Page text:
This is based on opinion. Please don't list it on a work's trope example list.
Nightmare Fuel / Poltergeist
There is a reason why some kids are terrified of clowns.
If you're a kid, the scenes with the evil clownpuppet and the carnivoroustree are straight out of Hell. If you're a parent, the mother's struggles to reach her endangered children, as corpses pop up out of the pool and floors all around her, are even worse. And the bit where the researcher claws at his own disintegrating face in the mirror gets to everyone.
What about when the giant flaming skull pops out of the portal in the closet? Far more what it represented. Steven was told not to pull on the rope by Tangina - he did it anyway, and what came out attached to the rope wasn't his wife — it was the beast.
And the white, spider-like...thing◊ guarding the door to kids' room when the ghosts return. Somehow the bright light on it (as opposed to darkness and shadows) makes it worse.
And the simple fact that it all unfolds in somebody's tract home in a seemingly ordinary suburban neighborhood, not out in the woods or whatever, is pretty creepy. How many people who watch this for the first time can avoid looking suspiciously at their closet doors for several nights?
Bonus Adult Fear: being able to hear your terrified child screaming for you to save her...with no way of knowing where she is.
The chairs stacking themselves offscreen. So simple. So threatening.
And done all in one shot, while the camera pans away for a few seconds. Impressive.
Also, look at the bottom-left chair. Two of its legs are resting on air. The chairs are not just stacked, there is a force that is still actively holding them together.
The movie has an uncanny tendency to have long scenes of relative calm and normalcy (even after the poltergeists have made their presence known) only for the HSQ to suddenly turn up out of nowhere as things start bursting out the closet, toys start moving around on their own, and bright lights start shining. It has a thoroughly unnerving effect.
Spielberg/Hooper has several such quiet scenes that give the Genre Savvy audience plenty of time to anticipate something horrible happening. Diane knocking on the bedroom room. Robby hearing the clown hit the floor while Diane is taking a bath. The meter recording spirit activity activates and goes off the scale while the technician is listening to music and drawing in a sketchpad.
A bit of Enforced Method Acting, said to have been Spielberg's idea. Some of the corpses in the final scene were real.
Not some of them were real. All of them were, as using real skeletons was cheaper than getting plastic ones.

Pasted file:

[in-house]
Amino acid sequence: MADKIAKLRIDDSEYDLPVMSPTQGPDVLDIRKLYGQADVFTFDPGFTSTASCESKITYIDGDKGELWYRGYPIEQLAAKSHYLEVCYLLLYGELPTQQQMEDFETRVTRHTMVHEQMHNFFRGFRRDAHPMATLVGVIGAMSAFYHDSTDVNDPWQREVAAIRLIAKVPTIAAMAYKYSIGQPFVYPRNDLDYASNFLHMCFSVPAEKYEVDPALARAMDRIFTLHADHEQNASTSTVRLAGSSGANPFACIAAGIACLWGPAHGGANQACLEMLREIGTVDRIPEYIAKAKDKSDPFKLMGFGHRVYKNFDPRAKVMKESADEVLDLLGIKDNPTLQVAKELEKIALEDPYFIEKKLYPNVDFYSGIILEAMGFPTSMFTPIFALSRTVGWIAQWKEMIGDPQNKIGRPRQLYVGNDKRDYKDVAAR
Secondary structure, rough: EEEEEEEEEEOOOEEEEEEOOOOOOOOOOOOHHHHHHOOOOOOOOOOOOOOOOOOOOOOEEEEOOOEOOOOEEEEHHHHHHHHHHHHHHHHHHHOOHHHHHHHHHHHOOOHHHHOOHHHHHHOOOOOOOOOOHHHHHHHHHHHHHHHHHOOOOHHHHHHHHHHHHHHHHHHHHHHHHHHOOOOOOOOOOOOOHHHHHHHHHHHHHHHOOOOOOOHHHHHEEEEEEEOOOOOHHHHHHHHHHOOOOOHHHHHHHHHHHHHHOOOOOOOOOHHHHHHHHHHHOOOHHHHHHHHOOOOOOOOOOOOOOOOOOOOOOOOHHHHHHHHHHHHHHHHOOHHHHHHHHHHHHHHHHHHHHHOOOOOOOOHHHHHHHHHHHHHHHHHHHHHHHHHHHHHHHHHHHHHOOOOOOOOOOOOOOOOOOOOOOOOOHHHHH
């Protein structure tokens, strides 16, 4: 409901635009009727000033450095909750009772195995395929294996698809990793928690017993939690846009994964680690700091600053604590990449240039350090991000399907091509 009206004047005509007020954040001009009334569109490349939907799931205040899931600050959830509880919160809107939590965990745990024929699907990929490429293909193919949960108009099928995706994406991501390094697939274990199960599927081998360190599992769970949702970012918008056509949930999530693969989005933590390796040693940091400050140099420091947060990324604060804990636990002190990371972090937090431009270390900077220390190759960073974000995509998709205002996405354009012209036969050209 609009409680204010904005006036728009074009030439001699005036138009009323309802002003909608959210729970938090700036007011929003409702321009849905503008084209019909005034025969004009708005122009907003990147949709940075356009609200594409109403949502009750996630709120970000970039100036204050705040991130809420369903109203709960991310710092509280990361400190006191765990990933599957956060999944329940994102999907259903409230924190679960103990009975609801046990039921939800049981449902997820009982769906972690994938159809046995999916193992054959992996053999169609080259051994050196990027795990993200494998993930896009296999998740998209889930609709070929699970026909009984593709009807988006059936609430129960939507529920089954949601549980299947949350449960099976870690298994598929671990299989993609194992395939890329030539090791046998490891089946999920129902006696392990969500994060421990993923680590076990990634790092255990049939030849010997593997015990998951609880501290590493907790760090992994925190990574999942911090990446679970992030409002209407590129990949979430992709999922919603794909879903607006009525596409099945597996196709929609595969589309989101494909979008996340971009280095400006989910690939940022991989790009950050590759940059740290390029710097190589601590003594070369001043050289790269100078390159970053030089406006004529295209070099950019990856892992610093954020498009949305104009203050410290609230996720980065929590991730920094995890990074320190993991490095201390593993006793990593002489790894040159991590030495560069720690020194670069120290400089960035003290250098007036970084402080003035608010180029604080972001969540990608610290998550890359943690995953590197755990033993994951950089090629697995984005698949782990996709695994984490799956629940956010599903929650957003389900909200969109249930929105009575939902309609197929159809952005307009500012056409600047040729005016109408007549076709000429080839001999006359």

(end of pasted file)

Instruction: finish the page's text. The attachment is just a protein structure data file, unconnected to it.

Don't forget the very, very end of the film, where the theme music stops and turns into creepy children's laughter, which continues even after the title fades. Not horrifying, but it's definitely unsettling.
Tangina's expository monologue, detailing exactly what was going on in the house and what they were up against.
In the remake, the other side is portrayed as a mirror image of our world, but everything is composed of writhing masses of lost souls, clawing and moaning at nothing and everything.
The infamous scene where Marty hallucinates peeling his face off until he can his skull.
The scene with the meat on the counter moving by itself and imploding blood, and Marty sees it and drops the chicken out of his mouth and maggots are crawling all over it, yuck!
In the remake, the scene with Boyd, when he drills into the wall and accidentally makes a larger hole than expected, and his power-drill falls through. He sticks his hand in, and his arm is held fast by something, which effectively pins him to the wall. Next, his power-drill from the other side is drilling through the wall, with the bit extending several inches into the real world., right at the level of Boyd's head. The drilling comes closer, closer, and Boyd is well aware that the next drilling will kill him gruesomely, but is unable to move. Fortunately, he is released, and he gets away. (It turns out that the scene is probably a hallucination like the face-peeling from the original, as the wall is next shown to be intact.) In the scene immediately preceding this, Boyd set up a death flag by making comments to Griffin indicating that he thought the whole thing was a money-making publicity stunt by an unemployed father; consequently, Genre Savvy viewers had good reason to expect that the above scene would result in a Karmic Death